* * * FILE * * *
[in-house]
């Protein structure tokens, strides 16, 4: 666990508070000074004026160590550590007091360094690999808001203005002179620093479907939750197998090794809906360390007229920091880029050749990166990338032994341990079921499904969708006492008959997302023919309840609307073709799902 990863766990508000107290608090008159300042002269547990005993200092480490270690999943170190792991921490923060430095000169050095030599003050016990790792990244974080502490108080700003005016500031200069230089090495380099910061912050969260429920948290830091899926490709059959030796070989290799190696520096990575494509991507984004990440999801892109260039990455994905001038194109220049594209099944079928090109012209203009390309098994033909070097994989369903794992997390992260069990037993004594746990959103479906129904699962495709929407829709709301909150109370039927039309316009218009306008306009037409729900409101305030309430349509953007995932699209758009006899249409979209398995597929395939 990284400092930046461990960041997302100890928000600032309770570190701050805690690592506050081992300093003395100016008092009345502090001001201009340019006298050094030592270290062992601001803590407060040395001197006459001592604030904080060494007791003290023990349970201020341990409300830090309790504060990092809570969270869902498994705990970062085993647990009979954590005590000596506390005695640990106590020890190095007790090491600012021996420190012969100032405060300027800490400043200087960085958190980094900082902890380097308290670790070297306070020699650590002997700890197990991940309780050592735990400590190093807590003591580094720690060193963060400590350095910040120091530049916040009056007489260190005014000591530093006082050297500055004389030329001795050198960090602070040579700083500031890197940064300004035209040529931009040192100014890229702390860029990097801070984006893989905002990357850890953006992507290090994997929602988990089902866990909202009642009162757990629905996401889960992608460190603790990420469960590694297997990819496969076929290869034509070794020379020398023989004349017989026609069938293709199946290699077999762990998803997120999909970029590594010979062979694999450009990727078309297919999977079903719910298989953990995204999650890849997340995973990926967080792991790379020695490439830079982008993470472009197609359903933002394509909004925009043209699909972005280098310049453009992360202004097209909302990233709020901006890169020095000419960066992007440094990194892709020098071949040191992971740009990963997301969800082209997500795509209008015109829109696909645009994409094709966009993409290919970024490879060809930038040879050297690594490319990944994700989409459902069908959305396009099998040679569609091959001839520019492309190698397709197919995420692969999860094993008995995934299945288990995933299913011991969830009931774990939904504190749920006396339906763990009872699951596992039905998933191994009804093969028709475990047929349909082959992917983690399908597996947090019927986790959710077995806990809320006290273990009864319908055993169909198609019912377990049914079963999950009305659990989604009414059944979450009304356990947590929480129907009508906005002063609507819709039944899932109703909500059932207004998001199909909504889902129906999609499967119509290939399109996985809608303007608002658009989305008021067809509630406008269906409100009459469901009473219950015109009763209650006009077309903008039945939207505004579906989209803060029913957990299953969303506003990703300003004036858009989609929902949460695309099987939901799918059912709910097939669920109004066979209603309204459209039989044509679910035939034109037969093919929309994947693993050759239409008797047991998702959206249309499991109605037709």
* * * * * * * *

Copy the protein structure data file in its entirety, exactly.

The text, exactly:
[in-house]
């Protein structure tokens, strides 16, 4: 666990508070000074004026160590550590007091360094690999808001203005002179620093479907939750197998090794809906360390007229920091880029050749990166990338032994341990079921499904969708006492008959997302023919309840609307073709799902 990863766990508000107290608090008159300042002269547990005993200092480490270690999943170190792991921490923060430095000169050095030599003050016990790792990244974080502490108080700003005016500031200069230089090495380099910061912050969260429920948290830091899926490709059959030796070989290799190696520096990575494509991507984004990440999801892109260039990455994905001038194109220049594209099944079928090109012209203009390309098994033909070097994989369903794992997390992260069990037993004594746990959103479906129904699962495709929407829709709301909150109370039927039309316009218009306008306009037409729900409101305030309430349509953007995932699209758009006899249409979209398995597929395939 990284400092930046461990960041997302100890928000600032309770570190701050805690690592506050081992300093003395100016008092009345502090001001201009340019006298050094030592270290062992601001803590407060040395001197006459001592604030904080060494007791003290023990349970201020341990409300830090309790504060990092809570969270869902498994705990970062085993647990009979954590005590000596506390005695640990106590020890190095007790090491600012021996420190012969100032405060300027800490400043200087960085958190980094900082902890380097308290670790070297306070020699650590002997700890197990991940309780050592735990400590190093807590003591580094720690060193963060400590350095910040120091530049916040009056007489260190005014000591530093006082050297500055004389030329001795050198960090602070040579700083500031890197940064300004035209040529931009040192100014890229702390860029990097801070984006893989905002990357850890953006992507290090994997929602988990089902866990909202009642009162757990629905996401889960992608460190603790990420469960590694297997990819496969076929290869034509070794020379020398023989004349017989026609069938293709199946290699077999762990998803997120999909970029590594010979062979694999450009990727078309297919999977079903719910298989953990995204999650890849997340995973990926967080792991790379020695490439830079982008993470472009197609359903933002394509909004925009043209699909972005280098310049453009992360202004097209909302990233709020901006890169020095000419960066992007440094990194892709020098071949040191992971740009990963997301969800082209997500795509209008015109829109696909645009994409094709966009993409290919970024490879060809930038040879050297690594490319990944994700989409459902069908959305396009099998040679569609091959001839520019492309190698397709197919995420692969999860094993008995995934299945288990995933299913011991969830009931774990939904504190749920006396339906763990009872699951596992039905998933191994009804093969028709475990047929349909082959992917983690399908597996947090019927986790959710077995806990809320006290273990009864319908055993169909198609019912377990049914079963999950009305659990989604009414059944979450009304356990947590929480129907009508906005002063609507819709039944899932109703909500059932207004998001199909909504889902129906999609499967119509290939399109996985809608303007608002658009989305008021067809509630406008269906409100009459469901009473219950015109009763209650006009077309903008039945939207505004579906989209803060029913957990299953969303506003990703300003004036858009989609929902949460695309099987939901799918059912709910097939669920109004066979209603309204459209039989044509679910035939034109037969093919929309994947693993050759239409008797047991998702959206249309499991109605037709």